Security Funds Poorly Utilized in Nigeria, says MacArthur Foundation

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Udora Orizu
The Director of MacArthur Foundation, Kole Shettima has stated that among the problems facing Nigeria, insecurity is critical because  resources budgeted for security are not channeled towards that purpose.
Shettima spoke at the launch of  Anti-Corruption Support Project in Abuja, organized by Centre for Democracy and Development (CDD). He listed insecurity, lack of accountability, corruption, lack of public services as the four key problems facing Nigeria, saying that if those resources were effectively and efficiently used for the purpose of security, probably, the problem would have  minimized.
According to Shettima, “Some of the challenges we are facing in the country is lack of accountability and corruption. Resources that are given to security agencies sometimes are not well used for the purpose they were meant. If our soldiers are not well equipped, they may not have enough resources to do what they want to do.”
“If we are able to reduce the level of corruption in our country, some of the security challenges we are facing will not be there.”
“The best thing we can do is to focus on accountability and anti-corruption because if we can support the Nigerian government to spend resources more efficiently and more effectively, probably, that will be the most contribution we can make to the country.”
“Even if we take the whole money the foundation has, the resources cannot compare to what the country has. The total contribution of development partners to Nigeria is 2% of our budget. So, if we use our budget effectively and efficiently, we can actually do much better.”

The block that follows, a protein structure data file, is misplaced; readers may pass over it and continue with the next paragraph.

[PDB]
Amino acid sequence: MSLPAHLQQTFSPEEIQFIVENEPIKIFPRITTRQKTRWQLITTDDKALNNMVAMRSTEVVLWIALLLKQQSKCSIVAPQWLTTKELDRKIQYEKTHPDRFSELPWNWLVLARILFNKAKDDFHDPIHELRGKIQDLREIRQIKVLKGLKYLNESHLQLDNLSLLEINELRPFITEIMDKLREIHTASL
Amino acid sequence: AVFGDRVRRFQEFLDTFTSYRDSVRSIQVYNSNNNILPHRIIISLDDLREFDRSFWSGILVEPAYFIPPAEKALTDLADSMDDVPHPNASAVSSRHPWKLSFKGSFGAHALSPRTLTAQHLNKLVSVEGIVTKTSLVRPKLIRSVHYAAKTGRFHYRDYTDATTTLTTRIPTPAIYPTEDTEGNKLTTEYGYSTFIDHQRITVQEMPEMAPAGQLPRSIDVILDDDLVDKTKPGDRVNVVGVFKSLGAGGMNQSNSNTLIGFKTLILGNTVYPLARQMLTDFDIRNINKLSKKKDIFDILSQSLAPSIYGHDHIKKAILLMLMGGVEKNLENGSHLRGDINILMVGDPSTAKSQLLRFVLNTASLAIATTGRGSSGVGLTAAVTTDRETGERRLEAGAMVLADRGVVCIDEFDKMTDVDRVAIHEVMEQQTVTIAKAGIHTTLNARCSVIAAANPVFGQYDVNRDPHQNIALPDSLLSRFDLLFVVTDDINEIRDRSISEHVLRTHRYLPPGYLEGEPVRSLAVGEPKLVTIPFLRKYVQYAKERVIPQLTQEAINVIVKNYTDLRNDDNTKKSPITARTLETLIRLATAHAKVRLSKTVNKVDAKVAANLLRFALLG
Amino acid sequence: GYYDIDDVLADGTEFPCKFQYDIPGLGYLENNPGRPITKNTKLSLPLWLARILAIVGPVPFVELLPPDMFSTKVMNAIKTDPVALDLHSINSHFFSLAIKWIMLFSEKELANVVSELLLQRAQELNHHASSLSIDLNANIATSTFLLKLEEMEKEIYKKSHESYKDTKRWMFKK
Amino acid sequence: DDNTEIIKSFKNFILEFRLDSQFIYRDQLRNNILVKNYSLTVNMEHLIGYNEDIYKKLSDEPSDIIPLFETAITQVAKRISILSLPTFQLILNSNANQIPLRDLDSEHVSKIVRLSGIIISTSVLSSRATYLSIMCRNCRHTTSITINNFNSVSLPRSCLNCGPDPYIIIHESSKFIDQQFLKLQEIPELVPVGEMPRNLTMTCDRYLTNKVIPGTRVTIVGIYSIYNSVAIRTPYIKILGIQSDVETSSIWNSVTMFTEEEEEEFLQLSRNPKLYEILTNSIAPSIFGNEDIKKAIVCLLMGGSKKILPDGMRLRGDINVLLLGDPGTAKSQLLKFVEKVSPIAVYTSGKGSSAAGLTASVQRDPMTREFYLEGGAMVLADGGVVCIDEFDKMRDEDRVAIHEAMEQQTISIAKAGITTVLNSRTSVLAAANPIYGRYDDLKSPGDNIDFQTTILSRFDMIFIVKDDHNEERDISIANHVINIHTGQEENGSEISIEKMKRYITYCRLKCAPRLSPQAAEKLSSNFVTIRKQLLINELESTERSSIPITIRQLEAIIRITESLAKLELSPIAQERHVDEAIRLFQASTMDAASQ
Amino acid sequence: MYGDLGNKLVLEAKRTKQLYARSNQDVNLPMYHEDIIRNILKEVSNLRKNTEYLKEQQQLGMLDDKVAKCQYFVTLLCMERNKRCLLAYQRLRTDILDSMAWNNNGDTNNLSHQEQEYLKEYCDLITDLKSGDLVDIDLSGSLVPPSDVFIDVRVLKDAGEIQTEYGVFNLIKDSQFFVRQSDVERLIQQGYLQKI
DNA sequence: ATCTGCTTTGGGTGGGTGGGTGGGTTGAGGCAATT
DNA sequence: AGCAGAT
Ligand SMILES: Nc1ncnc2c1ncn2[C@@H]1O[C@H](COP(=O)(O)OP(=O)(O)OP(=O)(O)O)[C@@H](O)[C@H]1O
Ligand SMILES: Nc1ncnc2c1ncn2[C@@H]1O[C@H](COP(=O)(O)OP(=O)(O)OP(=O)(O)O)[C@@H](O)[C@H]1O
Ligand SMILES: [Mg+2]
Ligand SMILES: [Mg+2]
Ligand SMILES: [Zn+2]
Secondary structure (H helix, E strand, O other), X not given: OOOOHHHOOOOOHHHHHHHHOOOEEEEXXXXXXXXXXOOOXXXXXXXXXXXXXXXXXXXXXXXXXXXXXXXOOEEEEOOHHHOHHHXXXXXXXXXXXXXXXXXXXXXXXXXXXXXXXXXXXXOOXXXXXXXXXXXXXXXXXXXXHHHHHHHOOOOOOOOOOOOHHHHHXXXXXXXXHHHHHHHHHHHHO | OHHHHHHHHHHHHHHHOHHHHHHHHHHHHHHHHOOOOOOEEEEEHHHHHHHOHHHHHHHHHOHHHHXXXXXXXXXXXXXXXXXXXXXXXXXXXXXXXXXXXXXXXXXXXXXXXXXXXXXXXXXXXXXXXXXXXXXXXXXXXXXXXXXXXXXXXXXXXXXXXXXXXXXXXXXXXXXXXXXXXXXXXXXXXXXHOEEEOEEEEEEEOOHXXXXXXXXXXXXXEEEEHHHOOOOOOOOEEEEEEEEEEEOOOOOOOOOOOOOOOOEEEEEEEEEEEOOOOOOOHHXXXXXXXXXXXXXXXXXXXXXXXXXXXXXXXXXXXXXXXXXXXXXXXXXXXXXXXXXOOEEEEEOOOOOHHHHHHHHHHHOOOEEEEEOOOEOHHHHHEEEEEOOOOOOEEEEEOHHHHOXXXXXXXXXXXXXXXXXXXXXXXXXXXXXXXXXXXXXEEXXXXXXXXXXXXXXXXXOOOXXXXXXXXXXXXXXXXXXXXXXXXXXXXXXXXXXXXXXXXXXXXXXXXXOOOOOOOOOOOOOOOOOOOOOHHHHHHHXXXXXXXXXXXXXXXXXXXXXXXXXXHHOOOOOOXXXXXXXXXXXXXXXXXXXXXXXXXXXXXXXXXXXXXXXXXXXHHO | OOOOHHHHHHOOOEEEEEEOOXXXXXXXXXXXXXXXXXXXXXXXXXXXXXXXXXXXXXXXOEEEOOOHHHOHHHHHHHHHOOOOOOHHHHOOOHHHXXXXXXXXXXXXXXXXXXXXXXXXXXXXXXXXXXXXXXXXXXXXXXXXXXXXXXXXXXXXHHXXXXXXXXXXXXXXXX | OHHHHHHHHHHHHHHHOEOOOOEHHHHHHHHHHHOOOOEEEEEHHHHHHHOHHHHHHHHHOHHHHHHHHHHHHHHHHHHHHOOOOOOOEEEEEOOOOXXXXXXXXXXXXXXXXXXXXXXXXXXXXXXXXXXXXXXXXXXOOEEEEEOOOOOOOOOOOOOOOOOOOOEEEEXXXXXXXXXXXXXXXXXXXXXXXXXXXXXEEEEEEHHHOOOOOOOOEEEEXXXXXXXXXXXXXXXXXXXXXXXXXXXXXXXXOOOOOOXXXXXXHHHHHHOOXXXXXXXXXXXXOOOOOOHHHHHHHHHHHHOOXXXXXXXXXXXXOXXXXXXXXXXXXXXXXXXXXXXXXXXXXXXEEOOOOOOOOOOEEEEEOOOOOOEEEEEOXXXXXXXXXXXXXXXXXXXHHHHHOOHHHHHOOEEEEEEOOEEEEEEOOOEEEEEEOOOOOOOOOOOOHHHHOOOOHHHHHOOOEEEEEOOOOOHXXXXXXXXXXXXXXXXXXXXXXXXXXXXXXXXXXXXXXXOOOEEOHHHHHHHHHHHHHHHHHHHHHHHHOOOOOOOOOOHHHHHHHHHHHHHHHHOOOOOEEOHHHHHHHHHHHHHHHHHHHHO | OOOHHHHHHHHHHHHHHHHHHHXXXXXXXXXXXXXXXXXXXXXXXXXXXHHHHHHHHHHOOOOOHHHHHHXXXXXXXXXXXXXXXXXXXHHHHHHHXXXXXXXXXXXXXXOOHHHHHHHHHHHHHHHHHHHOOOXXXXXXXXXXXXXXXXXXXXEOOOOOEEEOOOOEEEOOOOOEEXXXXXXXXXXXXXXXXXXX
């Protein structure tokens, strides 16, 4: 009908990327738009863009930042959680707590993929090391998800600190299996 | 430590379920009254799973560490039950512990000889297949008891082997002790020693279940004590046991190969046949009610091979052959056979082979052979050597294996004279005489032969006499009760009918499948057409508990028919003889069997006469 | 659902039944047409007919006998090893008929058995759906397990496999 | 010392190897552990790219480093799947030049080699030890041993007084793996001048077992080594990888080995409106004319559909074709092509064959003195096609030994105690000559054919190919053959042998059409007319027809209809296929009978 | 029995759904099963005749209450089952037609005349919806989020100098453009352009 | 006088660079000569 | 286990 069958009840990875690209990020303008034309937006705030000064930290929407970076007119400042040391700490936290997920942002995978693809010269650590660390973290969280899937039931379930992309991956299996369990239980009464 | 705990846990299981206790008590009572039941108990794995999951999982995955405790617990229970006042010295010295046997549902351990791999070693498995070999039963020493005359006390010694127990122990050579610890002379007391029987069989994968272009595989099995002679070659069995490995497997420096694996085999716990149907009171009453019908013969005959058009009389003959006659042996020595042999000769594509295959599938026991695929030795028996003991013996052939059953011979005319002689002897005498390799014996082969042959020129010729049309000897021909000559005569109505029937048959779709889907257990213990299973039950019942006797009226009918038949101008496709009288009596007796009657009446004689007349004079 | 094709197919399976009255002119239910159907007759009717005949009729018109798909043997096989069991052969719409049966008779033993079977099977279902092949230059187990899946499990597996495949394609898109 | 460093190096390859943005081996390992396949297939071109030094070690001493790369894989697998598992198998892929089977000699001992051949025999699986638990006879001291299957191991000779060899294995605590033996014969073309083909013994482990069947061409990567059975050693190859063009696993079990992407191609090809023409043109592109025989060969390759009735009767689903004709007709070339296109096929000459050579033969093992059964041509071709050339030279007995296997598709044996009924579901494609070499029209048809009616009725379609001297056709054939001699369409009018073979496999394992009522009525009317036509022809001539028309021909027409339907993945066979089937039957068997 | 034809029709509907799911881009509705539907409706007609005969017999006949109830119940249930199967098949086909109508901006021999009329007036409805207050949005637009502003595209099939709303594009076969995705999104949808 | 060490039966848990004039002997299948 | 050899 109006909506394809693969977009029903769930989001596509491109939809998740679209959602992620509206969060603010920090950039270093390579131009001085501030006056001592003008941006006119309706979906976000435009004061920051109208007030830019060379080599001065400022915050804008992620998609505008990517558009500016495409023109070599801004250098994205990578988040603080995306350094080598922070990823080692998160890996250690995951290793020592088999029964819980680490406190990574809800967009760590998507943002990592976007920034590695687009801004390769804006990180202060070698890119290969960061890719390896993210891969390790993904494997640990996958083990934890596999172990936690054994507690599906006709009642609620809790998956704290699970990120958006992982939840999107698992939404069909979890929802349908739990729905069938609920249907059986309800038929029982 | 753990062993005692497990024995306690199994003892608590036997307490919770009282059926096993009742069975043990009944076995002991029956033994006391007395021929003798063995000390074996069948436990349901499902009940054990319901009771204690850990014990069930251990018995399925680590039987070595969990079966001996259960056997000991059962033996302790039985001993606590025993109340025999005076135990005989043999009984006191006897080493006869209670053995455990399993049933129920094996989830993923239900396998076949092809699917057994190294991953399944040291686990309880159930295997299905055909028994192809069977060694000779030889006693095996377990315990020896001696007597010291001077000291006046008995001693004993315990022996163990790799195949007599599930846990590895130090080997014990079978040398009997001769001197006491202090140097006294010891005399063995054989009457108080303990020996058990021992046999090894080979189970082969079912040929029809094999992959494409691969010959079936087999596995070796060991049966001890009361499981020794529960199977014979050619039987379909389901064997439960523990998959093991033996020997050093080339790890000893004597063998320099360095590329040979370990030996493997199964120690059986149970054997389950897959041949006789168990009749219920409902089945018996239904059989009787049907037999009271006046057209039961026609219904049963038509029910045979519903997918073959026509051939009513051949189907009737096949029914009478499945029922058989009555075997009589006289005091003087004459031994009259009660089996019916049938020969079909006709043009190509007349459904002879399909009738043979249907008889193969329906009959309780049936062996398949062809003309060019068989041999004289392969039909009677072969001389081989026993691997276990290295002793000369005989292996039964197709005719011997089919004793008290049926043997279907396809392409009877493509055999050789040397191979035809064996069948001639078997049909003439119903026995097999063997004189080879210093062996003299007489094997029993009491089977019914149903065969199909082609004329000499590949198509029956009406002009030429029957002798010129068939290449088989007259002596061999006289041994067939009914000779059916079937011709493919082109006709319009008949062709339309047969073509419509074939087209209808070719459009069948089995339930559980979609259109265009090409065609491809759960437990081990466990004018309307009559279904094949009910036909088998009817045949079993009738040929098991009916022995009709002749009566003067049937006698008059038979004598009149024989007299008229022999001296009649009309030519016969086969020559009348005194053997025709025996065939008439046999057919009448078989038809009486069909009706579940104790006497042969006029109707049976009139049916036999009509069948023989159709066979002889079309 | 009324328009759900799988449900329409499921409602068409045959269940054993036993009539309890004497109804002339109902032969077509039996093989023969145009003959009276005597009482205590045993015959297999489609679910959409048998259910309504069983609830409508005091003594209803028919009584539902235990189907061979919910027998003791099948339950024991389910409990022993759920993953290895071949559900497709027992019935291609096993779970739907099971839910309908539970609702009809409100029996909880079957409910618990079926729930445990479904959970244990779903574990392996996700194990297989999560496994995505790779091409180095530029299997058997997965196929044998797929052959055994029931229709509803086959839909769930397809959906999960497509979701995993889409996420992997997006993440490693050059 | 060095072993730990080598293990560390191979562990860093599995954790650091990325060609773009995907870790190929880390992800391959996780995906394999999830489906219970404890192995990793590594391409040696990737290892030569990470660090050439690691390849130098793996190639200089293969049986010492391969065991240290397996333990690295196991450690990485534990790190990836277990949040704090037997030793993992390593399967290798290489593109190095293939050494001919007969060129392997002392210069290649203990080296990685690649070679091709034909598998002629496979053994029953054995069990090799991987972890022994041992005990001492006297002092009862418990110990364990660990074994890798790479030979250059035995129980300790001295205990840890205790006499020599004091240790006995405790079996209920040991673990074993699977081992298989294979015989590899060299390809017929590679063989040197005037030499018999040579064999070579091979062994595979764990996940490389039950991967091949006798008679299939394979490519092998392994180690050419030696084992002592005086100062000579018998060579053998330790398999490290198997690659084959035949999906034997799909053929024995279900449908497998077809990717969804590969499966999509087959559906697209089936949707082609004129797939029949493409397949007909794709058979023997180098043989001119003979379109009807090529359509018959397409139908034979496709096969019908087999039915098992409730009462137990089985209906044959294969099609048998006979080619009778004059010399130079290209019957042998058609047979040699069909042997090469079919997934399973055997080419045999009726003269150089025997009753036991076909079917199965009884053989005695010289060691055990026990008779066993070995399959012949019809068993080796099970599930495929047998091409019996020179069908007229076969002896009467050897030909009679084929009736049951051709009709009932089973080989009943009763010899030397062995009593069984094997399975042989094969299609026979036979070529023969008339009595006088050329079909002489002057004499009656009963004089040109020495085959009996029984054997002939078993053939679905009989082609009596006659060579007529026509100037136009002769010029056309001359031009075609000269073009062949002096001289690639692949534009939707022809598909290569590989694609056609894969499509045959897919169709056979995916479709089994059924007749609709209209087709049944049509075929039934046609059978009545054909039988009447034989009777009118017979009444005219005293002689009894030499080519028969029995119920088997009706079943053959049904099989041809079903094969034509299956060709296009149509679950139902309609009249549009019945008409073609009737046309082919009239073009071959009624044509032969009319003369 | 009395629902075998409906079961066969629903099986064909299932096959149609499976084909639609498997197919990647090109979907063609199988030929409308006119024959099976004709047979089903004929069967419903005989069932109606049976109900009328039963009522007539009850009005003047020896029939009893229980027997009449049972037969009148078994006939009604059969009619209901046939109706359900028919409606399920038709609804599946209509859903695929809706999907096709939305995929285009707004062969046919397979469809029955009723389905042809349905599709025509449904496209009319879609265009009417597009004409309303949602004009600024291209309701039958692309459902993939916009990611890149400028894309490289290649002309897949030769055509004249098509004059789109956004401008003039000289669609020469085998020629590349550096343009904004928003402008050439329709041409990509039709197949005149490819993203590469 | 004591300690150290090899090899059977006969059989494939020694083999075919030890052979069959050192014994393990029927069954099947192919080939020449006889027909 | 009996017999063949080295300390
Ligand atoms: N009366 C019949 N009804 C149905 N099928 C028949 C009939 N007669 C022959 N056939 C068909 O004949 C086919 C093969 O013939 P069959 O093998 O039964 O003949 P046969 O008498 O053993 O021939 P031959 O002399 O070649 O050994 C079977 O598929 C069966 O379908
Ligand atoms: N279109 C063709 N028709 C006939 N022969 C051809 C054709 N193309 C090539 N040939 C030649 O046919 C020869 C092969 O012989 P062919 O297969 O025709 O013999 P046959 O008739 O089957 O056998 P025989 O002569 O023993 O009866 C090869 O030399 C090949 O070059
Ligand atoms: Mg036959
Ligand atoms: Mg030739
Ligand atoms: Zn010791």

Speaking further, he noted that there’s need to change the discourse for anti-corruption agencies, adding that all anti-corruption agencies should focus on improving the quality of lives of the people by creating development interventions whereby those development indicators which those funds were voted for are actually used for them.
“They should see themselves as development agencies more in terms of development rather than rules and regulations, jailing and harassing people.”
In her remarks the Vice Chairman of CDD Governing Council, Dzodzi Tsikatta revealed that the CDD is working with five important agencies to fight corruption.
She accused politicians of sometimes misusing anti-corruption agencies to basically retaliate against their opponents.
She said, “When a government comes to power, they start investigating the government that has just left, thereby wasting time and credibility and the legitimacy of anti-corruption agencies in this exercise.”
“Fighting corruption is about reducing waste and reiterated the importance of not prosecuting the war in uncoordinated way. All the agencies must collaborate to win the war against corruption and not use it as a tool for dealing with political opponents.”